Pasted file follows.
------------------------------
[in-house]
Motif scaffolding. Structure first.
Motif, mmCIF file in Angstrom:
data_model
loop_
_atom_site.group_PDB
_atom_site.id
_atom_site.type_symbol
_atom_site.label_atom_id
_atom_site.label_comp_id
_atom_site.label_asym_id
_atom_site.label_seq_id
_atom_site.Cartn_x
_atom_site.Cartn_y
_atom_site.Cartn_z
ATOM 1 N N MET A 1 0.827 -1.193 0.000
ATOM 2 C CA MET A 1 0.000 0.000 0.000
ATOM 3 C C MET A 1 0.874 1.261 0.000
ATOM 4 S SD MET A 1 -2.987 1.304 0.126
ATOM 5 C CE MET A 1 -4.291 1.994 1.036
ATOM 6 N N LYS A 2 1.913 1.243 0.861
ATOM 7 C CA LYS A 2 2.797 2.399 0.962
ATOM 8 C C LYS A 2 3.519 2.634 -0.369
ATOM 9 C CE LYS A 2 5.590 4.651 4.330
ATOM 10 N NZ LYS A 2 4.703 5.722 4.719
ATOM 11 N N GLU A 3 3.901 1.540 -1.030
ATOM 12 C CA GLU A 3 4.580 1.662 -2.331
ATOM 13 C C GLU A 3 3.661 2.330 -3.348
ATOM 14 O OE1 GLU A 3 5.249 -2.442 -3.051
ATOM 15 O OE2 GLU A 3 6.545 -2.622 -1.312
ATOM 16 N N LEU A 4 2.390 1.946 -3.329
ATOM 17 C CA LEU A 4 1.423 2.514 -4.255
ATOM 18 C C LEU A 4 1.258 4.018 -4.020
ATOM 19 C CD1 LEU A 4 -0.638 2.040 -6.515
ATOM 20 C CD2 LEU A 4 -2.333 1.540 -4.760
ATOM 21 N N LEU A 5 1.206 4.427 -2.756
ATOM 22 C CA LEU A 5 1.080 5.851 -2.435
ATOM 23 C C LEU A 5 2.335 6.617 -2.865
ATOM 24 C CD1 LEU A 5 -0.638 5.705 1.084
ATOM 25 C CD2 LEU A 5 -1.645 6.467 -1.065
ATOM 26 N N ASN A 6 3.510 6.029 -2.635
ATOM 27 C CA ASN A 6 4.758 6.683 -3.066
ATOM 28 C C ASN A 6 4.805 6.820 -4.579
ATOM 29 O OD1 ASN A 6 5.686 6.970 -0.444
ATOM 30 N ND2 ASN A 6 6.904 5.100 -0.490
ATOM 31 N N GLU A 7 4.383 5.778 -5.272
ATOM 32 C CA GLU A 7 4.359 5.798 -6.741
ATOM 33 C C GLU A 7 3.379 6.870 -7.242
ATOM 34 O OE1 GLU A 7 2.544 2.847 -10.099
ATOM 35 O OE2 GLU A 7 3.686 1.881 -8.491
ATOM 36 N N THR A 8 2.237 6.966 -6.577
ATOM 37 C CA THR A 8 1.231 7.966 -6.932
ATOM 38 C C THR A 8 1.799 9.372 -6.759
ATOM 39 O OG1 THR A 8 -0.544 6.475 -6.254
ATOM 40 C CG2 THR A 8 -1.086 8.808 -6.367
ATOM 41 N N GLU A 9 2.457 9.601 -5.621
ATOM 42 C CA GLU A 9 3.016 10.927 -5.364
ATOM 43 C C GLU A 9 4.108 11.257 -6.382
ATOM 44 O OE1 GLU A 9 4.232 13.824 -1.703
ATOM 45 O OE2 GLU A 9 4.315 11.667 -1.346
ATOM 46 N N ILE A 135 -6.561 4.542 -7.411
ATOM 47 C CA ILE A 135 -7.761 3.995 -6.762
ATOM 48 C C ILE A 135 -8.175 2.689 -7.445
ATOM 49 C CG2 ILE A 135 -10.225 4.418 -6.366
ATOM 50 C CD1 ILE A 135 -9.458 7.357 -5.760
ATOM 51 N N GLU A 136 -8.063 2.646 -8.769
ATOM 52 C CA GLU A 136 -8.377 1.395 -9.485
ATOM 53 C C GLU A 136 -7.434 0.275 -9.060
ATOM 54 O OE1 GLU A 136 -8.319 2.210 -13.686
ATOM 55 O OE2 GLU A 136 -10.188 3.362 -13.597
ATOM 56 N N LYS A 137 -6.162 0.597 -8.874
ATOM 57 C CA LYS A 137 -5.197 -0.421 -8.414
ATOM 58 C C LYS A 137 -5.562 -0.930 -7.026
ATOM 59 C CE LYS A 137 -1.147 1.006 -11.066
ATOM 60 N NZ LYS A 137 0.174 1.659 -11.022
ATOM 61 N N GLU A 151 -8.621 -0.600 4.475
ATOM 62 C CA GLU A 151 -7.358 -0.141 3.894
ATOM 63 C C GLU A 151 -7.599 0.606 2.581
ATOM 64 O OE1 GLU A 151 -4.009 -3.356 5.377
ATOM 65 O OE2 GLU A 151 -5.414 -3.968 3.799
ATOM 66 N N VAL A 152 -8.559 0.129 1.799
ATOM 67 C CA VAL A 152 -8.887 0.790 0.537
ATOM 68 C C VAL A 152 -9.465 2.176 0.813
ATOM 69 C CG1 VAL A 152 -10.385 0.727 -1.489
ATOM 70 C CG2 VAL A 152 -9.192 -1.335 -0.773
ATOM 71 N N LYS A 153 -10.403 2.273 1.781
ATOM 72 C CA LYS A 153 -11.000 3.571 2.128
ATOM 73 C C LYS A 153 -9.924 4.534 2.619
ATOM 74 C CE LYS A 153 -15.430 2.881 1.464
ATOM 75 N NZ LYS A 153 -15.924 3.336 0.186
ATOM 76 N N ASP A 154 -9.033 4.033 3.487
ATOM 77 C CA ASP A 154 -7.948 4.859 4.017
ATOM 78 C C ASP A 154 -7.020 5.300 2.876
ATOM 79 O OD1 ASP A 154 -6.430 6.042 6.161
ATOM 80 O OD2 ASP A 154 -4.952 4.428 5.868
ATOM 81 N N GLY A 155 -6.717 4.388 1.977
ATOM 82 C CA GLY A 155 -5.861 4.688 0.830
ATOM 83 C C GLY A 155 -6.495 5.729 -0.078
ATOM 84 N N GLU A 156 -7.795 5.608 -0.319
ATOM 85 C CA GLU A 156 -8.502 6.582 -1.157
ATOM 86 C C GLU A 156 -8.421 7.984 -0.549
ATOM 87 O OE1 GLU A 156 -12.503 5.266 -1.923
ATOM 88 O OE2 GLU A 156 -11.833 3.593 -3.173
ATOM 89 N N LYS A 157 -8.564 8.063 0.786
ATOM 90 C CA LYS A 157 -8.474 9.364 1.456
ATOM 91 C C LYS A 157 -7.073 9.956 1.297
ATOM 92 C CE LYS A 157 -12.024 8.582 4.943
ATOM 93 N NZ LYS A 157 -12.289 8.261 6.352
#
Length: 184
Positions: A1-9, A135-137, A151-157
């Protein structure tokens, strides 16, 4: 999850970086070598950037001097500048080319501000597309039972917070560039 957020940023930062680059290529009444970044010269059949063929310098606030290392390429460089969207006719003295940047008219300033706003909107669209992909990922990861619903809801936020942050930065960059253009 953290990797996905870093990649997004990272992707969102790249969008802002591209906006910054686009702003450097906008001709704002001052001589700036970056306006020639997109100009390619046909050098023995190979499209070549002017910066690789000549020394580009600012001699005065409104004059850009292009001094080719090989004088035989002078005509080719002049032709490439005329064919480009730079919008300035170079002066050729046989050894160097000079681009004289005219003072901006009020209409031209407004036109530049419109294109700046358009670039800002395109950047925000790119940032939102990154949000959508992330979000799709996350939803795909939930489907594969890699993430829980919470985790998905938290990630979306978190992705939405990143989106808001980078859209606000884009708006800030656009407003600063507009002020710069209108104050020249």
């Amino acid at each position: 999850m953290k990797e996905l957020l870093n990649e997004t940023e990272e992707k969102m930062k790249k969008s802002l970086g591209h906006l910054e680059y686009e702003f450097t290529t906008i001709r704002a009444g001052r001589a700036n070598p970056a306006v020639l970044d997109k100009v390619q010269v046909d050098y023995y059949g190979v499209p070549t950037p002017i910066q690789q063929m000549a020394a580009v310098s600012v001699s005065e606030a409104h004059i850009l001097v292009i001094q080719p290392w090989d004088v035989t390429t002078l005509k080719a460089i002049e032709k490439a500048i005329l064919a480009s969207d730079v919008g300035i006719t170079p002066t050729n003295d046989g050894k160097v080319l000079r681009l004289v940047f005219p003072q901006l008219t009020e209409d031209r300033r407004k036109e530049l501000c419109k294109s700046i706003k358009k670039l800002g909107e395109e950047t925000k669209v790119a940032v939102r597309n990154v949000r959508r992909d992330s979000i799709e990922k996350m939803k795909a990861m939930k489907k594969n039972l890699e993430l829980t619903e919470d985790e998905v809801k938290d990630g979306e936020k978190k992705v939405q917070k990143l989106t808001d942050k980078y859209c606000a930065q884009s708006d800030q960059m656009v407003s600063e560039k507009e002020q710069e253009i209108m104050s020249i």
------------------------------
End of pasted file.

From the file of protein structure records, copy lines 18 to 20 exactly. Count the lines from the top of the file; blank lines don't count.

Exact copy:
ATOM 3 C C MET A 1 0.874 1.261 0.000
ATOM 4 S SD MET A 1 -2.987 1.304 0.126
ATOM 5 C CE MET A 1 -4.291 1.994 1.036